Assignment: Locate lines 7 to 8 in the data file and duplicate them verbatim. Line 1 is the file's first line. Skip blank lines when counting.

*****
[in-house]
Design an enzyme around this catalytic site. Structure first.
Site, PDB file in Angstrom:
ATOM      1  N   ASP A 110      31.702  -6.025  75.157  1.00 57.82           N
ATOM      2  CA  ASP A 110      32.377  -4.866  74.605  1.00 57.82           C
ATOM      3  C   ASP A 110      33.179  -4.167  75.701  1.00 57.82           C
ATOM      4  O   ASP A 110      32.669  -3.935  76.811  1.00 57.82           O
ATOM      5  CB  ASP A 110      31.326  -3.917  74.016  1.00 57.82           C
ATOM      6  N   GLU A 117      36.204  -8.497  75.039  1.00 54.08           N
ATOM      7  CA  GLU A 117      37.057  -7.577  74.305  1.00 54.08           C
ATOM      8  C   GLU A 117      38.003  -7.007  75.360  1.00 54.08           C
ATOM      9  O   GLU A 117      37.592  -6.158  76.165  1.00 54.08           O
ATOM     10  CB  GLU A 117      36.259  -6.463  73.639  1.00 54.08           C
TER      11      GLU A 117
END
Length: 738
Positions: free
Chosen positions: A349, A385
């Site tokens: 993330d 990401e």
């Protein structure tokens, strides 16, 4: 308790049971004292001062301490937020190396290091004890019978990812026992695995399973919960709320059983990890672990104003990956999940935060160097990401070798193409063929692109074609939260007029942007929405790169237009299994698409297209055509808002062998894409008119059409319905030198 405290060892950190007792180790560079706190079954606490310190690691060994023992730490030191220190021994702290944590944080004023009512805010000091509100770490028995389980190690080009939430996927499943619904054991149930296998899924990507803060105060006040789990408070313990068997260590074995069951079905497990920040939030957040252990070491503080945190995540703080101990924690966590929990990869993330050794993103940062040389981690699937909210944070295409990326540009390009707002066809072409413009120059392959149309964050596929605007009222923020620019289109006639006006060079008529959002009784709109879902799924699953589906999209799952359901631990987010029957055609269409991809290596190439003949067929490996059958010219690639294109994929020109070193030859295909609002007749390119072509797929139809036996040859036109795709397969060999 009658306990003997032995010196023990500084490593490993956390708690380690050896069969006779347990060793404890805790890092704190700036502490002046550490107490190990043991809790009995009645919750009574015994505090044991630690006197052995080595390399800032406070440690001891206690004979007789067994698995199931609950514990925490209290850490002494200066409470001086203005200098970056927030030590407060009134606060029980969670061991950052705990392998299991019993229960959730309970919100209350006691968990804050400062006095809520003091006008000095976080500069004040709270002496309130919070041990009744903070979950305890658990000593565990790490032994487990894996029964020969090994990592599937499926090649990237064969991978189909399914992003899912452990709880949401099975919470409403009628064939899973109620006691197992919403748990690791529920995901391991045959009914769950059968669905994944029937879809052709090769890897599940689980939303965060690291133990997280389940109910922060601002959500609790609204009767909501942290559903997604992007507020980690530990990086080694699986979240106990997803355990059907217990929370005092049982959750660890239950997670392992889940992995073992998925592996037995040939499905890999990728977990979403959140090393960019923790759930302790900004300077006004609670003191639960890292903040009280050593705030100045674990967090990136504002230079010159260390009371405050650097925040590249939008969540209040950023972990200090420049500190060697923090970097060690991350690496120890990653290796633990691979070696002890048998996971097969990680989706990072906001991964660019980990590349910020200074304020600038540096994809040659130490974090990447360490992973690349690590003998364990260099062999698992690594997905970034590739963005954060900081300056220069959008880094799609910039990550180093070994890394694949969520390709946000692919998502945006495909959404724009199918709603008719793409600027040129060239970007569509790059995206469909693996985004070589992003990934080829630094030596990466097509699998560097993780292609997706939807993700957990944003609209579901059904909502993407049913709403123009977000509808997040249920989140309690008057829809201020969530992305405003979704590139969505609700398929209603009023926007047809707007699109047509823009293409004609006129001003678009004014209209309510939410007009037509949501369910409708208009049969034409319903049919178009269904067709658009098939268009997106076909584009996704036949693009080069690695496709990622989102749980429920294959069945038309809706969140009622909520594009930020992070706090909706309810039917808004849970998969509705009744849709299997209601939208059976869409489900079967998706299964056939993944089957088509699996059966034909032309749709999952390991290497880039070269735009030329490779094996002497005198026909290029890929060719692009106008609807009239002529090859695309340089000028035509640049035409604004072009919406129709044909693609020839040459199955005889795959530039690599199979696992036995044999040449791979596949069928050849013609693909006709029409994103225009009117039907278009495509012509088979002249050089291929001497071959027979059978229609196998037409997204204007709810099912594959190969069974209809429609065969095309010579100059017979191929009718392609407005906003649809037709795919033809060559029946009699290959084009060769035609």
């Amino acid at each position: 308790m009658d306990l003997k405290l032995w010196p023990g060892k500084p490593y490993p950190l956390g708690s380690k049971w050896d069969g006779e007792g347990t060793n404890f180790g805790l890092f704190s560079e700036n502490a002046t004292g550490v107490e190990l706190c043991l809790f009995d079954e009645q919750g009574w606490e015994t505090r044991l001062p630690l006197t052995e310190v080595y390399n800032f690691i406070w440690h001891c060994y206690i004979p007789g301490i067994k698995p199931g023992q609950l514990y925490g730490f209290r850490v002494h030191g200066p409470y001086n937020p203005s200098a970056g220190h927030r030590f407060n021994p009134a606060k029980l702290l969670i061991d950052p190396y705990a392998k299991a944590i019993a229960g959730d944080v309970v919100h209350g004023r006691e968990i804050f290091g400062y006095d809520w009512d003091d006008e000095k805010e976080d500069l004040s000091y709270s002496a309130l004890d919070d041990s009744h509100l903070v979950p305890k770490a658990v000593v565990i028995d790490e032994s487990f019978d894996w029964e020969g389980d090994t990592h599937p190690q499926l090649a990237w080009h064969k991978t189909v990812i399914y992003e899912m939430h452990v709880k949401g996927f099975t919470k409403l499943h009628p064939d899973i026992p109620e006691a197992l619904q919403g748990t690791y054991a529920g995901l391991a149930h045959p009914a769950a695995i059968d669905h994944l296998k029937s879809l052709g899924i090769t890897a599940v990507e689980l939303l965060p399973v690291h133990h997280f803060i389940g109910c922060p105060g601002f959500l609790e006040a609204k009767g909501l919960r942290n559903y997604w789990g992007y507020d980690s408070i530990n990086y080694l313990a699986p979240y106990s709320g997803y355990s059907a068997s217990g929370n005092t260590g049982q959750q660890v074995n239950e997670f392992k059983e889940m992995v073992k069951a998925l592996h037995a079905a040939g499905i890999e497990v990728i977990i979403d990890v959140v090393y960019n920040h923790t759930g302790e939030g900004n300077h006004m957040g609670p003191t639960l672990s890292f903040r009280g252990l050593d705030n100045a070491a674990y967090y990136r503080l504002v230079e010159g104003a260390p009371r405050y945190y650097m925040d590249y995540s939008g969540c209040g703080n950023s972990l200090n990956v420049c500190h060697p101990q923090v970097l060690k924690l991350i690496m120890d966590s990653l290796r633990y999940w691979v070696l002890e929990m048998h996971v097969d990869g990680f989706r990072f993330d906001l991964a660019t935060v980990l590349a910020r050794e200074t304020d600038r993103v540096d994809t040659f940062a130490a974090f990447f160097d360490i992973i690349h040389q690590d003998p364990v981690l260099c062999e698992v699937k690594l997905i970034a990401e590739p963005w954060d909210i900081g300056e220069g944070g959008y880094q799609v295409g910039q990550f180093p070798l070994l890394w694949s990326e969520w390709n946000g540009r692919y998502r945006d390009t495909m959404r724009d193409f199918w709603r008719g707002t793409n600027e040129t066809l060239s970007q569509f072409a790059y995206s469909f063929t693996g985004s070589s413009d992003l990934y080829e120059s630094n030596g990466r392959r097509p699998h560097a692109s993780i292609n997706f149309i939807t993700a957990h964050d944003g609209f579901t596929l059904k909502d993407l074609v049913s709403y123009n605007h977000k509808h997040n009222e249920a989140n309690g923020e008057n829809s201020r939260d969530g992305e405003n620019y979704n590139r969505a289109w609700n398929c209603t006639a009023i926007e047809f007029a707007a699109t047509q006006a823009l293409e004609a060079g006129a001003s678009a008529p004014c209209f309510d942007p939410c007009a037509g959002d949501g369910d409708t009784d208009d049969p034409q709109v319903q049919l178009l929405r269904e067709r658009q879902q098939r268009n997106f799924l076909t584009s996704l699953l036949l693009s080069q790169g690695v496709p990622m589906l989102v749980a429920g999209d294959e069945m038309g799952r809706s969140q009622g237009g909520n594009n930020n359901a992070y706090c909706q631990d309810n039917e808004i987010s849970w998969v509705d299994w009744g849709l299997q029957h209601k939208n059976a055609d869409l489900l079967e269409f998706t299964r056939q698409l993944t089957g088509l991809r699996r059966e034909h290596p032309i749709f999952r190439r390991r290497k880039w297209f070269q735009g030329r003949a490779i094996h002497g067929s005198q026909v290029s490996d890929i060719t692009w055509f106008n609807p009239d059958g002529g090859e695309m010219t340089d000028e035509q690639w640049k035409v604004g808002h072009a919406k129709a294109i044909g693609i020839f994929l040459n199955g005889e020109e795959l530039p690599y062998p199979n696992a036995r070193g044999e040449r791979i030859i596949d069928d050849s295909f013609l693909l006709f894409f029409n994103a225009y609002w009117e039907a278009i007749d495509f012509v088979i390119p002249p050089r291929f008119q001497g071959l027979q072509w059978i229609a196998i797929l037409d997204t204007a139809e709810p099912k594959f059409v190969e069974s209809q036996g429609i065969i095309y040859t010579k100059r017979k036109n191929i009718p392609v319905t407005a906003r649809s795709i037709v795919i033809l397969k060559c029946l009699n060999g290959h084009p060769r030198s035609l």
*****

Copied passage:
ATOM      4  O   ASP A 110      32.669  -3.935  76.811  1.00 57.82           O
ATOM      5  CB  ASP A 110      31.326  -3.917  74.016  1.00 57.82           C